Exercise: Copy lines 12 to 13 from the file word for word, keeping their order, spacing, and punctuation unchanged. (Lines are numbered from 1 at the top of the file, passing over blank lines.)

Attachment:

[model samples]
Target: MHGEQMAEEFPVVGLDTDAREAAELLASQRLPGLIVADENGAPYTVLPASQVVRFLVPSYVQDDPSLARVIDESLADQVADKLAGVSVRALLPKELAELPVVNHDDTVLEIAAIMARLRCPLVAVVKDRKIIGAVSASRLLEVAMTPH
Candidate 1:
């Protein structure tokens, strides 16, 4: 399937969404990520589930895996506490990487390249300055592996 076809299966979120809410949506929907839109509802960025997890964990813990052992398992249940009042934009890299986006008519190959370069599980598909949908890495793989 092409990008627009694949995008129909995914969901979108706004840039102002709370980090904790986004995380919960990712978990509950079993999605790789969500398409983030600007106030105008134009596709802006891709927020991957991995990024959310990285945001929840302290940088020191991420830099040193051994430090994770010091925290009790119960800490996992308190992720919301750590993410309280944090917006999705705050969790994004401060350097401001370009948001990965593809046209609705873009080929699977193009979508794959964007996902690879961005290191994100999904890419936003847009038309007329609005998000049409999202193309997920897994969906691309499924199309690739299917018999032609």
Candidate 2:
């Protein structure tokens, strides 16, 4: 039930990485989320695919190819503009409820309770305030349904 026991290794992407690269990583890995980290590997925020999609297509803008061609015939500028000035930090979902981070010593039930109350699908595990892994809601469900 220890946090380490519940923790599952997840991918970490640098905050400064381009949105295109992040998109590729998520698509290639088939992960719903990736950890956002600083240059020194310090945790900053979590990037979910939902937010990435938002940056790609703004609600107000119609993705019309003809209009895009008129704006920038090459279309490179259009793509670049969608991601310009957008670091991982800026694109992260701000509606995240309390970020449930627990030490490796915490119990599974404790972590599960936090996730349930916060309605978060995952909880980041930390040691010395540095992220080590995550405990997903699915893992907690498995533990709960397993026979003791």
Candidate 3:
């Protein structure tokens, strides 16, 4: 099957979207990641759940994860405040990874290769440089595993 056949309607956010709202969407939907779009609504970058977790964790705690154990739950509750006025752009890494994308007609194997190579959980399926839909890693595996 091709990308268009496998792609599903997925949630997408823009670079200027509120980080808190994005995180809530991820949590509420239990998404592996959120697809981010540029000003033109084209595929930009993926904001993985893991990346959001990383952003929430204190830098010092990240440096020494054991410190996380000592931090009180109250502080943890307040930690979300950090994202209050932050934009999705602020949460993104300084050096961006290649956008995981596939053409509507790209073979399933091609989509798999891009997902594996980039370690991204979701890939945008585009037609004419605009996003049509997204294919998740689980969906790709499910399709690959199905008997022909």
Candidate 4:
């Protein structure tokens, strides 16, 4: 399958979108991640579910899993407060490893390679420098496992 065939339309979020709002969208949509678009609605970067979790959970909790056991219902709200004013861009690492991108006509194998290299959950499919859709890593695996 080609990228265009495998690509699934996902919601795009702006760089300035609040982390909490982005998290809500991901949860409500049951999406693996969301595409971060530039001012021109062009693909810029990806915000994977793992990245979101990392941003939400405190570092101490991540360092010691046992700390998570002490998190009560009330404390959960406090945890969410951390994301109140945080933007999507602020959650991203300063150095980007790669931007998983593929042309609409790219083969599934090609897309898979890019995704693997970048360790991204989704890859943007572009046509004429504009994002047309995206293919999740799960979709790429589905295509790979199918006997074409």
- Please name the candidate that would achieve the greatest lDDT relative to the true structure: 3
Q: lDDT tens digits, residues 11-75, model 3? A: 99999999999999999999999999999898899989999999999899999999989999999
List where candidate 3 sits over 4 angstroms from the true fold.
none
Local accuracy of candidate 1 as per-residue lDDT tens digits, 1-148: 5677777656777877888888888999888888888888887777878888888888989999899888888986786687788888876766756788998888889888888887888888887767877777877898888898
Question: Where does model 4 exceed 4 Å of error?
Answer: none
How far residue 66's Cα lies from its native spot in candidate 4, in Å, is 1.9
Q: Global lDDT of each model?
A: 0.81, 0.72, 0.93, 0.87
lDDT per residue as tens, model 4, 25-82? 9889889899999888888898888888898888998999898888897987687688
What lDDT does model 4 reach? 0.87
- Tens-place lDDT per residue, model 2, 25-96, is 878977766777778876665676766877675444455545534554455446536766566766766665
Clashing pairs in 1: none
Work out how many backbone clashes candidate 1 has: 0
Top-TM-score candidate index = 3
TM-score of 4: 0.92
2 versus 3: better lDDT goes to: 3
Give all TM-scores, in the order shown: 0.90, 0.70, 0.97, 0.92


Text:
Q: lDDT tens digits, residues 11-75, model 3? A: 99999999999999999999999999999898899989999999999899999999989999999
List where candidate 3 sits over 4 angstroms from the true fold.